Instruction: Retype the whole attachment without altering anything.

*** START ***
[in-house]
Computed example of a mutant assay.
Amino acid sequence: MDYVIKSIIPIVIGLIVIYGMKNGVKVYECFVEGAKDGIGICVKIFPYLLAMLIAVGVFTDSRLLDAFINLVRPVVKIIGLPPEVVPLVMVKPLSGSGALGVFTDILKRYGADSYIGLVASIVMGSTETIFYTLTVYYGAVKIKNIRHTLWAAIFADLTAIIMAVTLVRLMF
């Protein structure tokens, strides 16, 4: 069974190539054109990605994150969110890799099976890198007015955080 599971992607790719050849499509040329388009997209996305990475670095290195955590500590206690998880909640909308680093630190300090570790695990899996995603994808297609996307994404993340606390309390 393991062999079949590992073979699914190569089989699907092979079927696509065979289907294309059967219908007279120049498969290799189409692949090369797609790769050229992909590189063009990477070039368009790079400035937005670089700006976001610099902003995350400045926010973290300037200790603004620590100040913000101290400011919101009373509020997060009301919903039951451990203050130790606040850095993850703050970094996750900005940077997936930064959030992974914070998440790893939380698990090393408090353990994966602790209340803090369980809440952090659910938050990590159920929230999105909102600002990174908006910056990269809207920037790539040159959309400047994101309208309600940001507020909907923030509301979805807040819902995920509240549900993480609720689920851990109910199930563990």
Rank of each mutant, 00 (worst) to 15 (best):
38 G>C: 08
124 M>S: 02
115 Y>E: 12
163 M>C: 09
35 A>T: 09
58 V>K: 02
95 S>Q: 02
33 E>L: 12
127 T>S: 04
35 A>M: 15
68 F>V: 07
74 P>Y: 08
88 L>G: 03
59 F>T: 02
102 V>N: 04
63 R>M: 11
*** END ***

[in-house]
Computed example of a mutant assay.
Amino acid sequence: MDYVIKSIIPIVIGLIVIYGMKNGVKVYECFVEGAKDGIGICVKIFPYLLAMLIAVGVFTDSRLLDAFINLVRPVVKIIGLPPEVVPLVMVKPLSGSGALGVFTDILKRYGADSYIGLVASIVMGSTETIFYTLTVYYGAVKIKNIRHTLWAAIFADLTAIIMAVTLVRLMF
């Protein structure tokens, strides 16, 4: 069974190539054109990605994150969110890799099976890198007015955080 599971992607790719050849499509040329388009997209996305990475670095290195955590500590206690998880909640909308680093630190300090570790695990899996995603994808297609996307994404993340606390309390 393991062999079949590992073979699914190569089989699907092979079927696509065979289907294309059967219908007279120049498969290799189409692949090369797609790769050229992909590189063009990477070039368009790079400035937005670089700006976001610099902003995350400045926010973290300037200790603004620590100040913000101290400011919101009373509020997060009301919903039951451990203050130790606040850095993850703050970094996750900005940077997936930064959030992974914070998440790893939380698990090393408090353990994966602790209340803090369980809440952090659910938050990590159920929230999105909102600002990174908006910056990269809207920037790539040159959309400047994101309208309600940001507020909907923030509301979805807040819902995920509240549900993480609720689920851990109910199930563990």
Rank of each mutant, 00 (worst) to 15 (best):
38 G>C: 08
124 M>S: 02
115 Y>E: 12
163 M>C: 09
35 A>T: 09
58 V>K: 02
95 S>Q: 02
33 E>L: 12
127 T>S: 04
35 A>M: 15
68 F>V: 07
74 P>Y: 08
88 L>G: 03
59 F>T: 02
102 V>N: 04
63 R>M: 11